**This week on ETSF kicks off our annual MVP Series debate, where we gather our band of hooligans' thoughts to state a case for the Maurice Podoloff Trophy (MVP) in the NBA. The homie Phil Barnett kicks it off, stay tuned all week for the debate. Comment and discuss!**
We’re currently living in a world where the NBA landscape suggests that the Most Valuable Award isn’t what “most valuable” would seem to apply, mainly because no one seems to agree on how value is defined. MVP debates are always in a constant, never ending “rock-paper-scissors” style war in which advanced statistics trumps wins trumps intangibles trumps advanced statistics. And at some point, someone always invariably brings up the ultimate trump card, one that always seems to mean everything to everyone, or nothing no anyone, but it’s always a topic of conversation: emotion. It’s emotion that says Kobe can’t win it because he cheated on his wife and ran Shaq out of town. It’s emotion that says Derrick Rose is too young to win the award or that Dwight Howard isn’t a fun enough choice. No one wants to vote for the rapist in the same way no one wants to vote for the young boy or Goliath. It’s also emotion that says LeBron James isn’t the MVP of the NBA because he finally showed that the conjectural size of his ego proved to be much larger than the length between his eyebrows and hairline with the way he went about “The Decision.”
In fact, the general ethos of the audience that sat through Lebron’s decision and then through that pre-season public display of grandiose grandiloquence has, in turn, dominated the general view that he is now one of the least liked athletes in all of basketball. But how much does that matter?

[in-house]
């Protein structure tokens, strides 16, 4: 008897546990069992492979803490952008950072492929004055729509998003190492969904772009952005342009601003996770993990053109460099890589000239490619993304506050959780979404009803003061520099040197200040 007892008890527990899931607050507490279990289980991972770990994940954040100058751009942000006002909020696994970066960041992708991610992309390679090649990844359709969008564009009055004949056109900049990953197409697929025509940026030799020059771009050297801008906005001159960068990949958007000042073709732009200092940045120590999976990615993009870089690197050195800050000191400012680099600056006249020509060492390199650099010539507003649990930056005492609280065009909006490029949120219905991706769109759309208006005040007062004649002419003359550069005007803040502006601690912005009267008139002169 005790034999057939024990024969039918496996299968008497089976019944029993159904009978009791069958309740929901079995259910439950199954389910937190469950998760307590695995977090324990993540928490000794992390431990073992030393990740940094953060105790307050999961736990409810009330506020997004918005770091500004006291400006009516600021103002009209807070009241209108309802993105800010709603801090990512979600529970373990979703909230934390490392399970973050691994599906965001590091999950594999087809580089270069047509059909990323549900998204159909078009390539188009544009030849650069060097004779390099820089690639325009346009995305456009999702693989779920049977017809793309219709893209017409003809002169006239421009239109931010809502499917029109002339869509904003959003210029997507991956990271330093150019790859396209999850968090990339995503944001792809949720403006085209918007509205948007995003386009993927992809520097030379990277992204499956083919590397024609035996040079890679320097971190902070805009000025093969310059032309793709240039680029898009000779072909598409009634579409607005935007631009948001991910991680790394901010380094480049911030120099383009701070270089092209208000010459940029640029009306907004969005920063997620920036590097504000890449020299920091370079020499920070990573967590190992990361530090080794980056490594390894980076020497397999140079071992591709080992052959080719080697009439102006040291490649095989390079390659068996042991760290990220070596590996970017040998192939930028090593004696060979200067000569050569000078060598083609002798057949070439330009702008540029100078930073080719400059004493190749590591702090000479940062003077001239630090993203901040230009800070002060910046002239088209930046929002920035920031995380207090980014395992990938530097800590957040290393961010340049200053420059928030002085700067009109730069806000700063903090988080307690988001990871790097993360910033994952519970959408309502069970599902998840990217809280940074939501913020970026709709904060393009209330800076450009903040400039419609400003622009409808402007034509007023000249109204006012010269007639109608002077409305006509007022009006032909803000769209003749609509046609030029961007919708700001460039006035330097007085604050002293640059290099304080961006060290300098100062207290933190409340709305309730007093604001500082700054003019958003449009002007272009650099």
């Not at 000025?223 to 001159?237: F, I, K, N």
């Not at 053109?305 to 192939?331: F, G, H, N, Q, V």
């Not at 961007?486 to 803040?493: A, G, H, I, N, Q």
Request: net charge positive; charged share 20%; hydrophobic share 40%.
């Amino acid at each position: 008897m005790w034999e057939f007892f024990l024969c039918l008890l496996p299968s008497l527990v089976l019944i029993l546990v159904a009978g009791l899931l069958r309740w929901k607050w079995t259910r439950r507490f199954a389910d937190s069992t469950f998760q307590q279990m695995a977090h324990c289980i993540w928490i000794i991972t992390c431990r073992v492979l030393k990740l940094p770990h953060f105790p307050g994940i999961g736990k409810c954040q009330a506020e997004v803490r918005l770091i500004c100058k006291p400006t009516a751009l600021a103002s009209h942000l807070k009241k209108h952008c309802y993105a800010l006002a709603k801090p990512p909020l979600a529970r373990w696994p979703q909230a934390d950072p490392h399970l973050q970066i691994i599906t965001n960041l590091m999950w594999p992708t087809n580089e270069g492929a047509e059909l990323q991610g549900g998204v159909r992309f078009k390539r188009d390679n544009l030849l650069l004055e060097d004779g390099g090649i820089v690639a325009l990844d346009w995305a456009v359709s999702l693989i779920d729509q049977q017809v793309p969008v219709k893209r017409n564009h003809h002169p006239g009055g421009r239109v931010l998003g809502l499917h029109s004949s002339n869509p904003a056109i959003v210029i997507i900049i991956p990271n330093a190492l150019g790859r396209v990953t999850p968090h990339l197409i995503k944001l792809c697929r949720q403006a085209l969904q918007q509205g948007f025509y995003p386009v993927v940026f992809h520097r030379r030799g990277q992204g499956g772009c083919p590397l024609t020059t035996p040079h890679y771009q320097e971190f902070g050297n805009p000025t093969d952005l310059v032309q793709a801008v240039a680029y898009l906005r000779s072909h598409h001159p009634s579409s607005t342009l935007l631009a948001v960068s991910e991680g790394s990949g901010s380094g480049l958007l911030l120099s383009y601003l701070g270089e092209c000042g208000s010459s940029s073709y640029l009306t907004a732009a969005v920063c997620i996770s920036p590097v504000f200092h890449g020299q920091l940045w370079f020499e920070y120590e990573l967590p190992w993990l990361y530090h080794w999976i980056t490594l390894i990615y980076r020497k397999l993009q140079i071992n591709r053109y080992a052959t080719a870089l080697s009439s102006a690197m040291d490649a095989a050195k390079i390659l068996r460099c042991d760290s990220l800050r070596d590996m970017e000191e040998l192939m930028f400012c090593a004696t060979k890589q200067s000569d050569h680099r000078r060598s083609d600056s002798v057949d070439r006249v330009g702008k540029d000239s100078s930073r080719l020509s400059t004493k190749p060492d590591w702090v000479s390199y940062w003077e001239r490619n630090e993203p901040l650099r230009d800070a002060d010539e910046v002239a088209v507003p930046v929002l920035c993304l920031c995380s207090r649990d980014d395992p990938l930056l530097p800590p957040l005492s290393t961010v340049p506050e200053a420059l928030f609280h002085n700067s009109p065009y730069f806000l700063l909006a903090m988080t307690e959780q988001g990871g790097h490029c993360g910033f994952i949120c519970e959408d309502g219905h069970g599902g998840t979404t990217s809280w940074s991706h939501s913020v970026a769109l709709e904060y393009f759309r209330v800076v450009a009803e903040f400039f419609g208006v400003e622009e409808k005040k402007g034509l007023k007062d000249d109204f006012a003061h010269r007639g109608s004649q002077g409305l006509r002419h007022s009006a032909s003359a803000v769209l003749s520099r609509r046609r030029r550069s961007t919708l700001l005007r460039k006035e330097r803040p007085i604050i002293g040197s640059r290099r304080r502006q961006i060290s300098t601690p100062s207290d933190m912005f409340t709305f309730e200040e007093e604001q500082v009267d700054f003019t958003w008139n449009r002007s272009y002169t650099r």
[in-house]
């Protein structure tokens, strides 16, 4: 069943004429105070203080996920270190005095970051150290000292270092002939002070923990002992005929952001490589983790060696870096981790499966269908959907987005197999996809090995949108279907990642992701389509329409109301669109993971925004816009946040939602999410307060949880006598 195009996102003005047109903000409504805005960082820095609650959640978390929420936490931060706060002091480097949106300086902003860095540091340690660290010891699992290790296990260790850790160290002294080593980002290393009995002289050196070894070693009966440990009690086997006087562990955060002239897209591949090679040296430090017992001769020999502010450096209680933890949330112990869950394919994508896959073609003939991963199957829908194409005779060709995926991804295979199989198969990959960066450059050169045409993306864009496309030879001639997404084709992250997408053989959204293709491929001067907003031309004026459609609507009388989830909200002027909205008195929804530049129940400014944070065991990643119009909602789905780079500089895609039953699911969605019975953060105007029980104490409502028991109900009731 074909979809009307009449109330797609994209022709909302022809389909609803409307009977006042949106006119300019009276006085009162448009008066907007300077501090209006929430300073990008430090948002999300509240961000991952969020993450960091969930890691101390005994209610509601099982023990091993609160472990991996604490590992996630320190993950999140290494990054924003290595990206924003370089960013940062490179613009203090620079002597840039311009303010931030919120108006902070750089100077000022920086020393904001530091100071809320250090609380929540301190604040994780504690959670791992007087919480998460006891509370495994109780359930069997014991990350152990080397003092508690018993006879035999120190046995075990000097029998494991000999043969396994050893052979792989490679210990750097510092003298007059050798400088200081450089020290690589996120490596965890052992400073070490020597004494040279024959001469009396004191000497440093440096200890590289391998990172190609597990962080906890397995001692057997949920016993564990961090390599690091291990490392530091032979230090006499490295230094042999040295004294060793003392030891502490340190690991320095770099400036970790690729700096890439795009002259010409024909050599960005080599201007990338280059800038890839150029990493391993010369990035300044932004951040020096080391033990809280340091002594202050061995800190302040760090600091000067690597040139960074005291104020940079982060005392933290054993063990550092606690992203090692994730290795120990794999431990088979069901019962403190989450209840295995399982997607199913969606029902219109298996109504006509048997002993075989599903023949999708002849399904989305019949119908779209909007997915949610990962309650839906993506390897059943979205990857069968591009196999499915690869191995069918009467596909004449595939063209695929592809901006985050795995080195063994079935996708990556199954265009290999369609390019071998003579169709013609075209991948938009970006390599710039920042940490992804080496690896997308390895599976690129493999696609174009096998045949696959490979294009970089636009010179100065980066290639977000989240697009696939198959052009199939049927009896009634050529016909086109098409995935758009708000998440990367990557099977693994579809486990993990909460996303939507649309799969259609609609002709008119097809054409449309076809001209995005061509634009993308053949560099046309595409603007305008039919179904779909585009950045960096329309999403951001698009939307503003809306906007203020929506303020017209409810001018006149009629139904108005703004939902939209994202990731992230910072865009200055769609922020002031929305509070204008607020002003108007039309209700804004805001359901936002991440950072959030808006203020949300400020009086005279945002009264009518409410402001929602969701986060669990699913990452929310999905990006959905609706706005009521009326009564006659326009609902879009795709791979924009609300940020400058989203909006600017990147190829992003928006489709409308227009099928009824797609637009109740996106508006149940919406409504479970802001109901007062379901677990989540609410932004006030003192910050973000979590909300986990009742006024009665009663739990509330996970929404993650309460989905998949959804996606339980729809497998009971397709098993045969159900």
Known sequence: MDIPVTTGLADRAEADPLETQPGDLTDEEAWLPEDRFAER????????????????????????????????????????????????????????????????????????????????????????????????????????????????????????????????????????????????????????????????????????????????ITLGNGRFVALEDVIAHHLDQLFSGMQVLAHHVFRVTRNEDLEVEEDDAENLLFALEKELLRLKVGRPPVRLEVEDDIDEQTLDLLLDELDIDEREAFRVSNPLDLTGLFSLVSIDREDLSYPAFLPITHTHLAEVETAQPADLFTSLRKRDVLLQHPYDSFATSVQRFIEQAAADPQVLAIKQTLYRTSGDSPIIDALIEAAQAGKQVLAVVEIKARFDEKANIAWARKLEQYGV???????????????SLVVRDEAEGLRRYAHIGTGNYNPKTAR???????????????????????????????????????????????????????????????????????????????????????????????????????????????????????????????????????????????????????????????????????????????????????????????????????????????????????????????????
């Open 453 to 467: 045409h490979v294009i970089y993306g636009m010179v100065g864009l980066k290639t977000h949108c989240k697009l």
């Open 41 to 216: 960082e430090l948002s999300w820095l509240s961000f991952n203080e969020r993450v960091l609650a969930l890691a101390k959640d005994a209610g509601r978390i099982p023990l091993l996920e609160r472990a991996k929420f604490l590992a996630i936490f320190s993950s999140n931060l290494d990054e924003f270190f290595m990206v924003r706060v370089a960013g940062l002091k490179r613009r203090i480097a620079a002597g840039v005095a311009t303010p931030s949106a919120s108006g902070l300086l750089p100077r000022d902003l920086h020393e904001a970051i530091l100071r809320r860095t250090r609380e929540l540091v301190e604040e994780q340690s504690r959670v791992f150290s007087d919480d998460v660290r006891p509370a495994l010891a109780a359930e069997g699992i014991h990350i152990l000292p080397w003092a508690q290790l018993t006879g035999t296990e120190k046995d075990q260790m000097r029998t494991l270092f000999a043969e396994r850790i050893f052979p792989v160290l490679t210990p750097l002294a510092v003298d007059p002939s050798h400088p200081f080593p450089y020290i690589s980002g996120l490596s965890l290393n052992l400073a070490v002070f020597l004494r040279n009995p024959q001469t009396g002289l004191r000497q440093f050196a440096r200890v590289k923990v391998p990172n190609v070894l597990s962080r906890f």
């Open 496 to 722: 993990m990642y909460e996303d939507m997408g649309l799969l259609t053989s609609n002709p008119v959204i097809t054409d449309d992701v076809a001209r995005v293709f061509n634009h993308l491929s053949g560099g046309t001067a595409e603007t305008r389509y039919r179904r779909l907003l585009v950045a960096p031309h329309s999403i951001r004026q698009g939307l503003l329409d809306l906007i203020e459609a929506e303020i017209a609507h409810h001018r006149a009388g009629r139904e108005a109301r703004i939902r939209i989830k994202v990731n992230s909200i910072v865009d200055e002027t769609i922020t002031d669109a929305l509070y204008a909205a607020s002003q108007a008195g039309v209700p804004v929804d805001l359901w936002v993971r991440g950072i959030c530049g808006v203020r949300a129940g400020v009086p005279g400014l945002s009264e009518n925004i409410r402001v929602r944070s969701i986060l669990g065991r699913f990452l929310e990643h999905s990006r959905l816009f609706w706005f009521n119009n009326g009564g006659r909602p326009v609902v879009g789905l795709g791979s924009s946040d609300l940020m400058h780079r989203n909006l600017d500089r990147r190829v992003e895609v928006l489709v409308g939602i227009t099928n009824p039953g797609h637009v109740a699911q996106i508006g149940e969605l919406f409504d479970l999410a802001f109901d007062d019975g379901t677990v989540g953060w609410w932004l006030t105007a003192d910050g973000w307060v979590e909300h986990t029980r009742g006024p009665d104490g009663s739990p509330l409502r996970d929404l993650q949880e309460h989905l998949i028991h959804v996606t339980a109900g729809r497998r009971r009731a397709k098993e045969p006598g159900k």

The MVP race has become more of a cultural issue rather than a platform where we are able to discuss the league’s best, or most valuable player. Who we choose as our MVP tends to say more about us as individuals rather than what it should say about who we’re pulling for. These days, to suggest James is to suggest that you are heartless and generally have no use for terms like “loyalty.” And you know what, a lot of people feel that way -- but that’s exactly what’s wrong with the award. The objectivity is merely a sub-standard to voters, many of whom are paid just to be objective. Derrick Rose is what’s hot and Dwight Howard is the secret crush. Kobe Bryant remains in the conversation because he’s Kobe Bryant, yet LeBron get’s pushed to the back burner despite doing things on the basketball court that no one else in the NBA is, or has been doing for decades.
But “The Decision” seemingly forced us to decide, prematurely, that this man wasn’t going to win the MVP before the Miami Heat tipped off their first game of the season. Mired in all its irony, is the fact that the perceived mysticism that he decidedly lost while joining two all-star caliber ball players has only added a historical mystique to this season’s already bizarre narrative. Despite playing with a power forward who averages just about 20 points and 10 rebounds for his career AND a shooting guard who averages 25 points, six assists and five rebounds per game, LeBron James statistical metrics are right around where they were his two previous seasons, both of which he brought home the MVP in convincing fashion.